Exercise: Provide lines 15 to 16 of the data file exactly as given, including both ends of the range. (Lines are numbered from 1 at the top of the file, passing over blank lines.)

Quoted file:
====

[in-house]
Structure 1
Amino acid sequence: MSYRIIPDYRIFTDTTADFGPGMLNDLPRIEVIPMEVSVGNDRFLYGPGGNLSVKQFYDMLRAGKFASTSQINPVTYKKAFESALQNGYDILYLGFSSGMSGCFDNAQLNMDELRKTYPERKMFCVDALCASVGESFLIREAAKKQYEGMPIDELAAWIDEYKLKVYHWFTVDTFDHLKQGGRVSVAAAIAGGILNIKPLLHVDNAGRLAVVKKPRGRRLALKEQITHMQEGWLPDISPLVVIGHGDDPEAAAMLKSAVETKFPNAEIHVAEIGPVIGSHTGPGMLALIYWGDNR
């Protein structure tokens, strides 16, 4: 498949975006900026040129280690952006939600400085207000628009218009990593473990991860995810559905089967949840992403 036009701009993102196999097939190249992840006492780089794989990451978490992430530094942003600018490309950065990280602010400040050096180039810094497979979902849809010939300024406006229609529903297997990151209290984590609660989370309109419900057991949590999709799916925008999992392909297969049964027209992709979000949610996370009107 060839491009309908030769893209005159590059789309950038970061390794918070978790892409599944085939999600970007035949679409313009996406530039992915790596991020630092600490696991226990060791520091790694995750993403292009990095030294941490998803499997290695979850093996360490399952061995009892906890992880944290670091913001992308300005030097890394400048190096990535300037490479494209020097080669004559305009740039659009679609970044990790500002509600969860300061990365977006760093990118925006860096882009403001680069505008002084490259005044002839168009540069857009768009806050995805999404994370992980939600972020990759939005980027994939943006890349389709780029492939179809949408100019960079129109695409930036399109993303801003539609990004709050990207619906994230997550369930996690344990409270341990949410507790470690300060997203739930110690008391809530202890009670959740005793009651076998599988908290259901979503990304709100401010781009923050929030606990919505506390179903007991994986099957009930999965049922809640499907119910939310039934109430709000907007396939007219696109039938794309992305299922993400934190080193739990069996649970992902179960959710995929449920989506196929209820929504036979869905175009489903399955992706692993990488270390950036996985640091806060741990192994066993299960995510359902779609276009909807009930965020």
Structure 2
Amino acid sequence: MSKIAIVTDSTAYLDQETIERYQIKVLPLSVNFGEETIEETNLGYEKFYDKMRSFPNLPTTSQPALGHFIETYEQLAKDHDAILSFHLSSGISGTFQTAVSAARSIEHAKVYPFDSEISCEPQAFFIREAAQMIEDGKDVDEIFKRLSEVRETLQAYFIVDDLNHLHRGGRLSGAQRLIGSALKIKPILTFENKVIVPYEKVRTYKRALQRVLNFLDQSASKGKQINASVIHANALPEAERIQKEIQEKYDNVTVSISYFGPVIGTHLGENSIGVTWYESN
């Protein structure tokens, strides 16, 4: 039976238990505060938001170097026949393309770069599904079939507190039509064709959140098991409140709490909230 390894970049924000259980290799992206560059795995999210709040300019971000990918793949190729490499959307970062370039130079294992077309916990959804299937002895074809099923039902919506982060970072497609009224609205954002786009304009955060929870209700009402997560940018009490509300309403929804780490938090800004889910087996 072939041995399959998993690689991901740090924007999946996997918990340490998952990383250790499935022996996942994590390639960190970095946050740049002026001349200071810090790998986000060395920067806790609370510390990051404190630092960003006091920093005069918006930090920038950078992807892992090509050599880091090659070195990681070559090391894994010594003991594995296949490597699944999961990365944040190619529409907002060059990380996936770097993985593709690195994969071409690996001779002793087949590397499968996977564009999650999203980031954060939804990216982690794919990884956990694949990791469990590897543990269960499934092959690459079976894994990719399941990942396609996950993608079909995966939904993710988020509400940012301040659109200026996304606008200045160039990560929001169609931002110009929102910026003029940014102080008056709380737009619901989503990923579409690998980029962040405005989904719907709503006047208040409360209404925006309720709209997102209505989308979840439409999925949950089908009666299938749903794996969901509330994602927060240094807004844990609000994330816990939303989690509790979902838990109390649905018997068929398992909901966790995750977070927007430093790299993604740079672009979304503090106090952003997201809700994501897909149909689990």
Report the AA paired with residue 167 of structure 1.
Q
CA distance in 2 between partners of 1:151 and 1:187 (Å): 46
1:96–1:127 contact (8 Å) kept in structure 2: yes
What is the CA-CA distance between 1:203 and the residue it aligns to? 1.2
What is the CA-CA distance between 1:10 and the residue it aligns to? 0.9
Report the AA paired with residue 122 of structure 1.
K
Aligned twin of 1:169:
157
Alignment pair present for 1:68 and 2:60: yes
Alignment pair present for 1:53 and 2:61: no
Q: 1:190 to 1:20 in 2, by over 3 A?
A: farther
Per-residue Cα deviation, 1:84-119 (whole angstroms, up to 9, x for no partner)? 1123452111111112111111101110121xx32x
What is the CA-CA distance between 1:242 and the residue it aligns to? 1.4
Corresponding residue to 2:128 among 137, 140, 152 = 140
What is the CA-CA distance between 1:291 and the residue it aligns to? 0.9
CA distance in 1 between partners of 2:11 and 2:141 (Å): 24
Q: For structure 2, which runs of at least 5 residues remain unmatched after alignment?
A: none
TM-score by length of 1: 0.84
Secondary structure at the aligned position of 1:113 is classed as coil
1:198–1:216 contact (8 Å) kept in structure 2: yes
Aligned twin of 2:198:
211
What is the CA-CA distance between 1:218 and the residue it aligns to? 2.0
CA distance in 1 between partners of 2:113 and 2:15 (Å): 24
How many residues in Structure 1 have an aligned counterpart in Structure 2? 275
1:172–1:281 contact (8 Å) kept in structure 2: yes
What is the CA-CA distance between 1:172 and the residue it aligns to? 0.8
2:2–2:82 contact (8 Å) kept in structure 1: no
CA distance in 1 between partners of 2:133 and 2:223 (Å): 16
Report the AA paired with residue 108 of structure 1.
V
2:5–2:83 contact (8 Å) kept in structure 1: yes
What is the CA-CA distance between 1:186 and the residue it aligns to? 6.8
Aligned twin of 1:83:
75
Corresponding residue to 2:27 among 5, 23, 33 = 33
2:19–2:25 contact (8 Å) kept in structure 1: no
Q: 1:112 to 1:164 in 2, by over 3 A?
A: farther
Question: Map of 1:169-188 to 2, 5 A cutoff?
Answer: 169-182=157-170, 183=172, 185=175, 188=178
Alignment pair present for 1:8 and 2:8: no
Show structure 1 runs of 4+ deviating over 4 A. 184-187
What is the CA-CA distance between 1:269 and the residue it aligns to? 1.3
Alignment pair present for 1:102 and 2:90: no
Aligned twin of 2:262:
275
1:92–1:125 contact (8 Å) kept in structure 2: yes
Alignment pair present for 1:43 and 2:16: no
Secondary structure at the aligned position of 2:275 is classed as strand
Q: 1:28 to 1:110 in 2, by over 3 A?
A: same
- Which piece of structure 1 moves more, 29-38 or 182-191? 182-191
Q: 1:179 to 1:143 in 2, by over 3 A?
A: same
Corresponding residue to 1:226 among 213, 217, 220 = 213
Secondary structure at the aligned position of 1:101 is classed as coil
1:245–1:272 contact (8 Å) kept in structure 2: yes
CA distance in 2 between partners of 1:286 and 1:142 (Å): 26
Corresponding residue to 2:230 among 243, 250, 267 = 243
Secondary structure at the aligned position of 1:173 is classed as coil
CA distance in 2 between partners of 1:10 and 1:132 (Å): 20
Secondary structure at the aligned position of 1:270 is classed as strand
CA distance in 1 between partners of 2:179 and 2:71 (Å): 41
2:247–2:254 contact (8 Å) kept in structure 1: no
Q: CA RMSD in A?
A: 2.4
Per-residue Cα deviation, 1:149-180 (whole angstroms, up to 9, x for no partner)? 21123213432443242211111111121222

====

K
Aligned twin of 1:169: